It works. Players like to have that room to grow, and they can't grow if smothered with too much B.S.
There is nothing better than the party discovering some sort of detail that just works for them, but there are many cases where they have no opportunity to gain such information without a data dump. Some things just go to the grave with the player's antagonists. It's fine.
But sometimes, I like to give information. For example, I hope that every player knows how to use the to-hit tables and can calculate their own bonuses or minuses. It makes my game easier. In fact, I often have the players throw dice for even the monsters. It cuts down on paperwork, but sometimes it is an opportunity to give them a hint about something outside of combat.
For example, if two equal-level fighters are side by side, shooting arrows at a target and both roll the same number, both should hit or miss the target. However, this is a good place to drop a hint about other stuff. Obviously, two great fighting men should know how good they are. For example, someone might have a cursed weapon or a magic weapon. The target may have some magical device that only applies under certain circumstances like once per round. Once the party is aware of some weirdness, they can start ruling stuff out by logic, just like the real world.
|It's probably magic.
There are times to hide some rolls, such as surprise or hiding in shadows. But even those rolls can give information.
One of my favorite tricks is when the party is surprised, I'll drop a die out of sight and say, "You hear a noise." Surprise is a surprise, there is very little you can do to mitigate it due to the mechanics. However, it isn't very fun to be surprised. By making that announcement and letting the party act accordingly, I am cranking up the pressure AND pushing agency to the party. It creates an environment of anxiety while allowing for possible (slight) mitigation PLUS it allows the players to set a standard of expectation that can easily be read.
For example, if a party thinks they are in an ambush situation, they may try to arrange themselves in such a way as to defend high-value players like Clerics and Magic-Users with meatshield Fighters and Rangers. On the other hand, if they never do this, you can set a different dynamic where those players are captured or incapacitated and the party is looking at a hostage situation rather than a TPK. It's up to the DM to receive the party's intentions or style and react accordingly.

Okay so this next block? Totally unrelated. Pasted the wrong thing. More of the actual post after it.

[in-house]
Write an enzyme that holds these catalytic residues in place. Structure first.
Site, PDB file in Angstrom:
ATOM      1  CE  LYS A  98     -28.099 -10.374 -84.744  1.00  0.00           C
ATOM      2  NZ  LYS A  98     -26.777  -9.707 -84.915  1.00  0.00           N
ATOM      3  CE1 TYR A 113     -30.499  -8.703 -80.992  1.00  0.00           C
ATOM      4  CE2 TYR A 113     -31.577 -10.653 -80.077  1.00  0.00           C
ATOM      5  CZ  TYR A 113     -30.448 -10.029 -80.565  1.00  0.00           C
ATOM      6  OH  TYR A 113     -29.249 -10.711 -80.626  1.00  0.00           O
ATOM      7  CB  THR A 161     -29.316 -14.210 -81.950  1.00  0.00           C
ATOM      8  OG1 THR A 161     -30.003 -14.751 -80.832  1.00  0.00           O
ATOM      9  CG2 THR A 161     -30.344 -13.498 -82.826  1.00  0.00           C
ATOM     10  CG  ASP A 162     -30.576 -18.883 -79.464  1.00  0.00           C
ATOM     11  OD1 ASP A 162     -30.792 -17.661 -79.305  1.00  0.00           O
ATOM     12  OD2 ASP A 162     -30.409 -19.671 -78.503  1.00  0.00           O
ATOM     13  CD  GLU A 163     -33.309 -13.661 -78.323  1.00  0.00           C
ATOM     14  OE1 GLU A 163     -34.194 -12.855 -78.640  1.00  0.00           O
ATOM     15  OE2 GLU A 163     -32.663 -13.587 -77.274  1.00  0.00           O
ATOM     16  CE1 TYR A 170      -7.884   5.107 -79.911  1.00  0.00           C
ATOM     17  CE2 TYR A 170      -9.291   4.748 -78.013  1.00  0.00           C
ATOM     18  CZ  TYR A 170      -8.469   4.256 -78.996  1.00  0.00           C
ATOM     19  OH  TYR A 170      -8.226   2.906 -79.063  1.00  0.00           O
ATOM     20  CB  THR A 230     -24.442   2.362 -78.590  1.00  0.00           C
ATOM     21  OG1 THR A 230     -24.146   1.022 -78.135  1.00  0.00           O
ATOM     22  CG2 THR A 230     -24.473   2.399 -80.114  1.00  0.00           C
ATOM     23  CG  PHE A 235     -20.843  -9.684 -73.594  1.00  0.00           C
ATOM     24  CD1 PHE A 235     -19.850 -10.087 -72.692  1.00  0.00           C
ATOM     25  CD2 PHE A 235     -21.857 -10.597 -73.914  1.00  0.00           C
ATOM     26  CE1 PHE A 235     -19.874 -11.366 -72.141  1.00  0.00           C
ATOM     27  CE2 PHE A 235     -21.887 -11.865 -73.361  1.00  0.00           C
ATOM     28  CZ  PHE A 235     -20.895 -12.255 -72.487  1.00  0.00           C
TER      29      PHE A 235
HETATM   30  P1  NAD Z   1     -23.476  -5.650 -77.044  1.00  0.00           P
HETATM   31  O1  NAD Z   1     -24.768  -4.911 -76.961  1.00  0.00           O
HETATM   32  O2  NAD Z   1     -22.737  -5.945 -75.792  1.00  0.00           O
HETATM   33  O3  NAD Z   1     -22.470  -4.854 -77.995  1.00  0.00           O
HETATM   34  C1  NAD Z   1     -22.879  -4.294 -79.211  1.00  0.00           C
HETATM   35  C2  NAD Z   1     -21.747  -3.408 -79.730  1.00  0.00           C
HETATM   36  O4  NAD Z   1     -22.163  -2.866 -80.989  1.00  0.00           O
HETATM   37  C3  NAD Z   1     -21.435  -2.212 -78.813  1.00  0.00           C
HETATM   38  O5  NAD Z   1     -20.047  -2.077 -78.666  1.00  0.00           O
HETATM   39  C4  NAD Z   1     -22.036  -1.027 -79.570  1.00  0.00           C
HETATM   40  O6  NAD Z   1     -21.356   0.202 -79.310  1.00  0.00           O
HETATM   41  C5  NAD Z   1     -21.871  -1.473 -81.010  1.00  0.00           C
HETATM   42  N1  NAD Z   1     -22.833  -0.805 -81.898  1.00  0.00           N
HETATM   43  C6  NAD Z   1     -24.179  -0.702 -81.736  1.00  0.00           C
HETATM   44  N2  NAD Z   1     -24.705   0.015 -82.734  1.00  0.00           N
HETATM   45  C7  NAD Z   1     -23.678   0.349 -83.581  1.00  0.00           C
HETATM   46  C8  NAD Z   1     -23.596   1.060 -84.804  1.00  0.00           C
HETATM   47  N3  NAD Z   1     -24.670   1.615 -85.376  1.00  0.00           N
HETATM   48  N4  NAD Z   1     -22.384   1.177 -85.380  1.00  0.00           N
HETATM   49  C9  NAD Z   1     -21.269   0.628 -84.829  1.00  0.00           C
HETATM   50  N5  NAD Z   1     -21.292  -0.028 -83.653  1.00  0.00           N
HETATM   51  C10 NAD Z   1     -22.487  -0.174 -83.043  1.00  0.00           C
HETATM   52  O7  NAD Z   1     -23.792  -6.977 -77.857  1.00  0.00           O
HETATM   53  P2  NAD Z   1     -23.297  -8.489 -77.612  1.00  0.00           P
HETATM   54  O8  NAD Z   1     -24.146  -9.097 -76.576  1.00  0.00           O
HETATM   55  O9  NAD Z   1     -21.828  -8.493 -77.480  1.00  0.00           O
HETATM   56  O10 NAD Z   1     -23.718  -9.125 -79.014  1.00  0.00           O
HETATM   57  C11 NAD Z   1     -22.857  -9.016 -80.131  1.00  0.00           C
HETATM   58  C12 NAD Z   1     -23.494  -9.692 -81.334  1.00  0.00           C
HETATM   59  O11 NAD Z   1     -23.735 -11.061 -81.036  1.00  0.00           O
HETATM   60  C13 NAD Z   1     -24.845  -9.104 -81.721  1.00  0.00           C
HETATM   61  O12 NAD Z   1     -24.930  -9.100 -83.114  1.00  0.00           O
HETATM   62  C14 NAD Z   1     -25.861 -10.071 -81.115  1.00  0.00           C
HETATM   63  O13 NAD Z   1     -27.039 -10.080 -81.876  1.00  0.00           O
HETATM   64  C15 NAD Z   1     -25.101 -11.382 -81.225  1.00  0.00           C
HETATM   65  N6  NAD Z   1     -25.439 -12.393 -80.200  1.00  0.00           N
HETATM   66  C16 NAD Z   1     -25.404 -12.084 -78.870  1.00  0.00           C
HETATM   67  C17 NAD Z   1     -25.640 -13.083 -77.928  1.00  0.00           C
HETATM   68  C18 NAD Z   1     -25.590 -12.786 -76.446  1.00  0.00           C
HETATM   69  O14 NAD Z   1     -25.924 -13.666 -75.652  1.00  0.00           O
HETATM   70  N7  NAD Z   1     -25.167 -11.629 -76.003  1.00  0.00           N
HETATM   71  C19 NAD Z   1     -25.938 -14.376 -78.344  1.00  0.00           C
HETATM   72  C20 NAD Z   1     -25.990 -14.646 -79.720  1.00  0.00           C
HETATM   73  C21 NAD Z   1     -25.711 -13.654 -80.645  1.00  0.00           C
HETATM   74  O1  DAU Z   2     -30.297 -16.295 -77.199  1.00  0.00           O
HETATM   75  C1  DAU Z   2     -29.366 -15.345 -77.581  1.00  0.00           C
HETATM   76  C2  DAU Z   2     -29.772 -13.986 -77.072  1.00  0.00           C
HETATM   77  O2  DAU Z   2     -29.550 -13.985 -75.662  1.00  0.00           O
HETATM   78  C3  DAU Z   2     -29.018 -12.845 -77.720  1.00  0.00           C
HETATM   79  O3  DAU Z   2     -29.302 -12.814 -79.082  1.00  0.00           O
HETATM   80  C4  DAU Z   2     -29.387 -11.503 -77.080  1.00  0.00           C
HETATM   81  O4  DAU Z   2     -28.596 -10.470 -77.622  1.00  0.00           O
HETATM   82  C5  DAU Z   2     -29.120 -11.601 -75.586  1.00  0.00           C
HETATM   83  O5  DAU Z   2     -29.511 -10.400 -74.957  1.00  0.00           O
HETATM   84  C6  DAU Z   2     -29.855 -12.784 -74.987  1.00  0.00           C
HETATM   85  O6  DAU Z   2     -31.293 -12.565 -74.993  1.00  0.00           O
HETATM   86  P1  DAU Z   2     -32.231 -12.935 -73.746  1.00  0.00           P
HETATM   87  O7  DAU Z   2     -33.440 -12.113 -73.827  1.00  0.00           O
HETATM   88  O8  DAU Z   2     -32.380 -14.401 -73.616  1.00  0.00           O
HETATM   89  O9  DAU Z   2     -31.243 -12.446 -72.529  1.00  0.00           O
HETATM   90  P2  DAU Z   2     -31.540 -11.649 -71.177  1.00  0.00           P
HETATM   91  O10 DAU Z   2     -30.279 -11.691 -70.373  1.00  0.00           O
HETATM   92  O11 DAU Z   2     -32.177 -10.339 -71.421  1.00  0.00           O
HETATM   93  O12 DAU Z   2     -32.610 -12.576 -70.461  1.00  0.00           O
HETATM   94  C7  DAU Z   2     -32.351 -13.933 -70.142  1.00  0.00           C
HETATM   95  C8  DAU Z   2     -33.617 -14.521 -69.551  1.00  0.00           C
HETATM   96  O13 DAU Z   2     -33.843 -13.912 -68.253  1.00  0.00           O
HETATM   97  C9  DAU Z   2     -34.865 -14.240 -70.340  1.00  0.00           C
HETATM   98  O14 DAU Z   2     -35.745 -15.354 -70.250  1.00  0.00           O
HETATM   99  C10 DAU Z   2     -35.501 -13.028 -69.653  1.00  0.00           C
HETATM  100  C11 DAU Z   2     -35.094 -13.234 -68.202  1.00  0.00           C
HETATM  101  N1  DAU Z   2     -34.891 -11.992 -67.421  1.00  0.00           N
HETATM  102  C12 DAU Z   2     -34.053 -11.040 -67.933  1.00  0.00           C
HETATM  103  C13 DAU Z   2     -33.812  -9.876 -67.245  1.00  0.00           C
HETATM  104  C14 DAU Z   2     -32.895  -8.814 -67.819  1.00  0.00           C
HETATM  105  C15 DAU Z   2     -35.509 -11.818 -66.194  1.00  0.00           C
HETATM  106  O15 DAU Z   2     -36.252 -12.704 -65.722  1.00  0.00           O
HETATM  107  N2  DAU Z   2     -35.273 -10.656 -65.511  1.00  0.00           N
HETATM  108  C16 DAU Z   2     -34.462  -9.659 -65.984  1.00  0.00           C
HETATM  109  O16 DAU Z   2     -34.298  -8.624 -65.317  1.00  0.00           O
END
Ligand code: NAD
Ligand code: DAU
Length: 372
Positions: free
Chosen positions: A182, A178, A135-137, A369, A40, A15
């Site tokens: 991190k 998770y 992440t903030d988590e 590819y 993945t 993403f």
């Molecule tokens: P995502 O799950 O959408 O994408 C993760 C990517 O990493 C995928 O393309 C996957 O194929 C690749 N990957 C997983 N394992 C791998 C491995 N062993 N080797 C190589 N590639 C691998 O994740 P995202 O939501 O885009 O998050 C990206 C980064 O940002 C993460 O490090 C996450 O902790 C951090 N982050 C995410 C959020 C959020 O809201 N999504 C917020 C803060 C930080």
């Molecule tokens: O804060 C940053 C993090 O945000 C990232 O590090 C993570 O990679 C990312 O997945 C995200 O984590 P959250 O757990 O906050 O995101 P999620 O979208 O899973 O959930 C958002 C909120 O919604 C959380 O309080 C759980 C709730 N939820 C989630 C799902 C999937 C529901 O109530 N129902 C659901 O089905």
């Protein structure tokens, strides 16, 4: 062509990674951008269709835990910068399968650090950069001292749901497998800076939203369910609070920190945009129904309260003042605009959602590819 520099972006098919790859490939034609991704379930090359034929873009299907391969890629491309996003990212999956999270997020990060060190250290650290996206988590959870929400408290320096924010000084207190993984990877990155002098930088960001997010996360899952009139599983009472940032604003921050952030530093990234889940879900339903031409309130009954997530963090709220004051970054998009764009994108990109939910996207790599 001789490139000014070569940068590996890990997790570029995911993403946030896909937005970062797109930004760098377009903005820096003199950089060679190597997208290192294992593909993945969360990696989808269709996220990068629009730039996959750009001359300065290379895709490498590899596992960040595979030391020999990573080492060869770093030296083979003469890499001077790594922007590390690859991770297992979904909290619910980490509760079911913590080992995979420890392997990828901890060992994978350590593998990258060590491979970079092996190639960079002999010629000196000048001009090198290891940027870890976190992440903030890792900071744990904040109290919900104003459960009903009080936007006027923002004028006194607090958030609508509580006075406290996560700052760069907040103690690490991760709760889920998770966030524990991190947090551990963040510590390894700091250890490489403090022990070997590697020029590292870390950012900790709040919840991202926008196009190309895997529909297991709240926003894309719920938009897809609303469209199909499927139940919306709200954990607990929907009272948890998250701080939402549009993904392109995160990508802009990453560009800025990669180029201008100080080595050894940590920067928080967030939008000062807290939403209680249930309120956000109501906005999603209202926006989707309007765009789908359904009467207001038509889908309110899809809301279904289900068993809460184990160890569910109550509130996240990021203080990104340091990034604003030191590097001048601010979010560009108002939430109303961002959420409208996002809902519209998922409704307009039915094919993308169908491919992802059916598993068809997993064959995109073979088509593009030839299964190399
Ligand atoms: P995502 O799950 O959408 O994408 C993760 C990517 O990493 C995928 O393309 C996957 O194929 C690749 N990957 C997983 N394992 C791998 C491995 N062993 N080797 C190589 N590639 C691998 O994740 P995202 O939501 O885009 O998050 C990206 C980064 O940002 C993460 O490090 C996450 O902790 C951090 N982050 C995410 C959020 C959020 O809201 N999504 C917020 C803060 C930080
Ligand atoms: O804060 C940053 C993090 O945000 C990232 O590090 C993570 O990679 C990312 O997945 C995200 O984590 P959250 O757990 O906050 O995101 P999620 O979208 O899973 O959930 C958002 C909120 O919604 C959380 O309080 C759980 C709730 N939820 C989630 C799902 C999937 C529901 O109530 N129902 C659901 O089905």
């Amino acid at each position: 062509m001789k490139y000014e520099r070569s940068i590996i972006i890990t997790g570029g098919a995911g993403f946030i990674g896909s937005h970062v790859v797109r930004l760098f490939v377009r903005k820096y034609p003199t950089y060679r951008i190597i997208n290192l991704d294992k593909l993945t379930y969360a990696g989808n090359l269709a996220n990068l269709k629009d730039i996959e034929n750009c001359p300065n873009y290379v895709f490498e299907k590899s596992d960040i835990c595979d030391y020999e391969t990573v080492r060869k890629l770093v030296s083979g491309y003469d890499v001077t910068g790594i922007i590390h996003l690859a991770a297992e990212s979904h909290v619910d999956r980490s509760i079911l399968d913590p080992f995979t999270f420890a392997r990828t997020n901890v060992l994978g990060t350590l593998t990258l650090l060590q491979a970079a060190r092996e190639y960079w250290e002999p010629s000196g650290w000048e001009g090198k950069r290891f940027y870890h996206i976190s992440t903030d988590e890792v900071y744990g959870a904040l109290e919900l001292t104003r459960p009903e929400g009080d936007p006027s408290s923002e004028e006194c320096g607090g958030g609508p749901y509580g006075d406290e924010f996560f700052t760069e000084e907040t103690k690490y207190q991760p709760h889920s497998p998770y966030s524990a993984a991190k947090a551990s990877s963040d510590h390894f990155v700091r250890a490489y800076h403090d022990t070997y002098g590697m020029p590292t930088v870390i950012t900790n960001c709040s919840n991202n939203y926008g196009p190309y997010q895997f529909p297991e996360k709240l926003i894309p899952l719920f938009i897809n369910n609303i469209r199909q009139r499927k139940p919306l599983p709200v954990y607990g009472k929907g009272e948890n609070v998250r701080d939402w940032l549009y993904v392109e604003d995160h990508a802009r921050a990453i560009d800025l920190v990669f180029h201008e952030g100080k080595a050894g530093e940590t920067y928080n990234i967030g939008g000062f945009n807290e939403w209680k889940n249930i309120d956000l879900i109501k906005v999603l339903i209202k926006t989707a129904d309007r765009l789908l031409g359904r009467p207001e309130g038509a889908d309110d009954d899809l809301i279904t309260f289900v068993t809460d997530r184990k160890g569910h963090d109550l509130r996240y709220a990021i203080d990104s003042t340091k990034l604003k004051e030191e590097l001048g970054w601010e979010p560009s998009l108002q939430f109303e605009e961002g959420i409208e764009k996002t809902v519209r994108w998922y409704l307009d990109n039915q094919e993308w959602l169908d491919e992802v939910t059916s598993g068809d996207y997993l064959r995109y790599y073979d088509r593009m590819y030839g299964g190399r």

One of my favorite experiences was a Thief who decided to sneak up to the walls of a fortification for a little recon. The whole party seemed to support the idea. I rolled for his hide in the shadows and move silently attempts. Each time, I rolled amazingly well. No one saw or heard anything. They were such good rolls that I showed the player the results. Obviously, these should have been secret, but they were so perfect so I decided to show her.
Then, disaster. The player of the Barbarian was having a little sidebar with another player when he suddenly realized stuff was happening and asked, "What's happening?"
Once the party explained the plan, the Barbarian nodded sagely and bellowed, "Look out! I can see you!"
Well of course you can see him. He isn't hiding from you, you twit.
The sneaking Thief got this "Oh, shit" look on her face. I leaned over and showed her that the dice indicated she was still not visible to the people on the castle wall.
To add to the merriment, I decided that the Barbarian's actions would be taken literally. The lookout on the wall answered: "Oh geez," and stepped back out of sight.
"How about now?" asked the lookout.
The party was gobsmacked. I gave them a few minutes to work out a plan. The Barbarian was drooling dumb and for once, his actual ability score matched the player's actions. The party adapted to the situation and everyone climbed the wall while the Barbarian offered unhelpful tips to the lookouts. No one intended this possibility, but damn it was fun.
You can't hide everything all of the time, but you also can't data dump on the players too much. Even if it is mechanical in nature. Also, you shouldn't try too hard to hide certain bits of data.
As a DM, you build a scenario, a story if you will, but you can't know how it will be received and interpreted. Information from the DM to the players is a fluid thing. You are effectively trying to merge the player's fictional actions with the player's visceral need for information. The DM needs to decide from the get-go what information is worth hiding and what is not.